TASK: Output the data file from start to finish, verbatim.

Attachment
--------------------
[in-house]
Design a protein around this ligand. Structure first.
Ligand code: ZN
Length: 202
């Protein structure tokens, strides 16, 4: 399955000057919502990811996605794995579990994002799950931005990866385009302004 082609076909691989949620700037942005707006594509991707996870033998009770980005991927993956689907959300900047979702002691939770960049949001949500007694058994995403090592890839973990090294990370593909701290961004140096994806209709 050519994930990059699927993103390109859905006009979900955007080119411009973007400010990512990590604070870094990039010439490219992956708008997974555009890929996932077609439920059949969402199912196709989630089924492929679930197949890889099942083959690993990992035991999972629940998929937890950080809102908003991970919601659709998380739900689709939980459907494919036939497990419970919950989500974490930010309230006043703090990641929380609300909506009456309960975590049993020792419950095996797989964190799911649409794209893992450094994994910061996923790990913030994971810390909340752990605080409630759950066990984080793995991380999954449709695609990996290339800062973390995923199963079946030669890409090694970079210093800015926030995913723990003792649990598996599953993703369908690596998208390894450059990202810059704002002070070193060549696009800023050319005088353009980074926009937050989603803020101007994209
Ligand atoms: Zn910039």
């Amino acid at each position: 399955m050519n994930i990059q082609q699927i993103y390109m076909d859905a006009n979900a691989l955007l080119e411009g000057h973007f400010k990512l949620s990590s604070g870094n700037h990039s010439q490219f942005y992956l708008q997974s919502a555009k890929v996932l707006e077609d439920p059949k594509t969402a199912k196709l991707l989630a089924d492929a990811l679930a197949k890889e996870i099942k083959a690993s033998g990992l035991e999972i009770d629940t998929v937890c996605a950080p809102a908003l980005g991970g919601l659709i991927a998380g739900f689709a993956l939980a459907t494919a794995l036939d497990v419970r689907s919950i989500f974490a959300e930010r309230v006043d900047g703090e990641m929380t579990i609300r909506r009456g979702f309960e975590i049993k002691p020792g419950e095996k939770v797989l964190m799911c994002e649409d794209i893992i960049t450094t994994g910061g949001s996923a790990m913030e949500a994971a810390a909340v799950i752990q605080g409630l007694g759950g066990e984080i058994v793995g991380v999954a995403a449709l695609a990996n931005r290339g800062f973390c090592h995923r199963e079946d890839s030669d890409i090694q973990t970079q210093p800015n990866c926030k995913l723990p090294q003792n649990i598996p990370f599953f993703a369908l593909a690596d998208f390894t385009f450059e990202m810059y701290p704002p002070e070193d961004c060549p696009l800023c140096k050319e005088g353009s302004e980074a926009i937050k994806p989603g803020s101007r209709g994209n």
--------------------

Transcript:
[in-house]
Design a protein around this ligand. Structure first.
Ligand code: ZN
Length: 202
């Protein structure tokens, strides 16, 4: 399955000057919502990811996605794995579990994002799950931005990866385009302004 082609076909691989949620700037942005707006594509991707996870033998009770980005991927993956689907959300900047979702002691939770960049949001949500007694058994995403090592890839973990090294990370593909701290961004140096994806209709 050519994930990059699927993103390109859905006009979900955007080119411009973007400010990512990590604070870094990039010439490219992956708008997974555009890929996932077609439920059949969402199912196709989630089924492929679930197949890889099942083959690993990992035991999972629940998929937890950080809102908003991970919601659709998380739900689709939980459907494919036939497990419970919950989500974490930010309230006043703090990641929380609300909506009456309960975590049993020792419950095996797989964190799911649409794209893992450094994994910061996923790990913030994971810390909340752990605080409630759950066990984080793995991380999954449709695609990996290339800062973390995923199963079946030669890409090694970079210093800015926030995913723990003792649990598996599953993703369908690596998208390894450059990202810059704002002070070193060549696009800023050319005088353009980074926009937050989603803020101007994209
Ligand atoms: Zn910039």
């Amino acid at each position: 399955m050519n994930i990059q082609q699927i993103y390109m076909d859905a006009n979900a691989l955007l080119e411009g000057h973007f400010k990512l949620s990590s604070g870094n700037h990039s010439q490219f942005y992956l708008q997974s919502a555009k890929v996932l707006e077609d439920p059949k594509t969402a199912k196709l991707l989630a089924d492929a990811l679930a197949k890889e996870i099942k083959a690993s033998g990992l035991e999972i009770d629940t998929v937890c996605a950080p809102a908003l980005g991970g919601l659709i991927a998380g739900f689709a993956l939980a459907t494919a794995l036939d497990v419970r689907s919950i989500f974490a959300e930010r309230v006043d900047g703090e990641m929380t579990i609300r909506r009456g979702f309960e975590i049993k002691p020792g419950e095996k939770v797989l964190m799911c994002e649409d794209i893992i960049t450094t994994g910061g949001s996923a790990m913030e949500a994971a810390a909340v799950i752990q605080g409630l007694g759950g066990e984080i058994v793995g991380v999954a995403a449709l695609a990996n931005r290339g800062f973390c090592h995923r199963e079946d890839s030669d890409i090694q973990t970079q210093p800015n990866c926030k995913l723990p090294q003792n649990i598996p990370f599953f993703a369908l593909a690596d998208f390894t385009f450059e990202m810059y701290p704002p002070e070193d961004c060549p696009l800023c140096k050319e005088g353009s302004e980074a926009i937050k994806p989603g803020s101007r209709g994209n």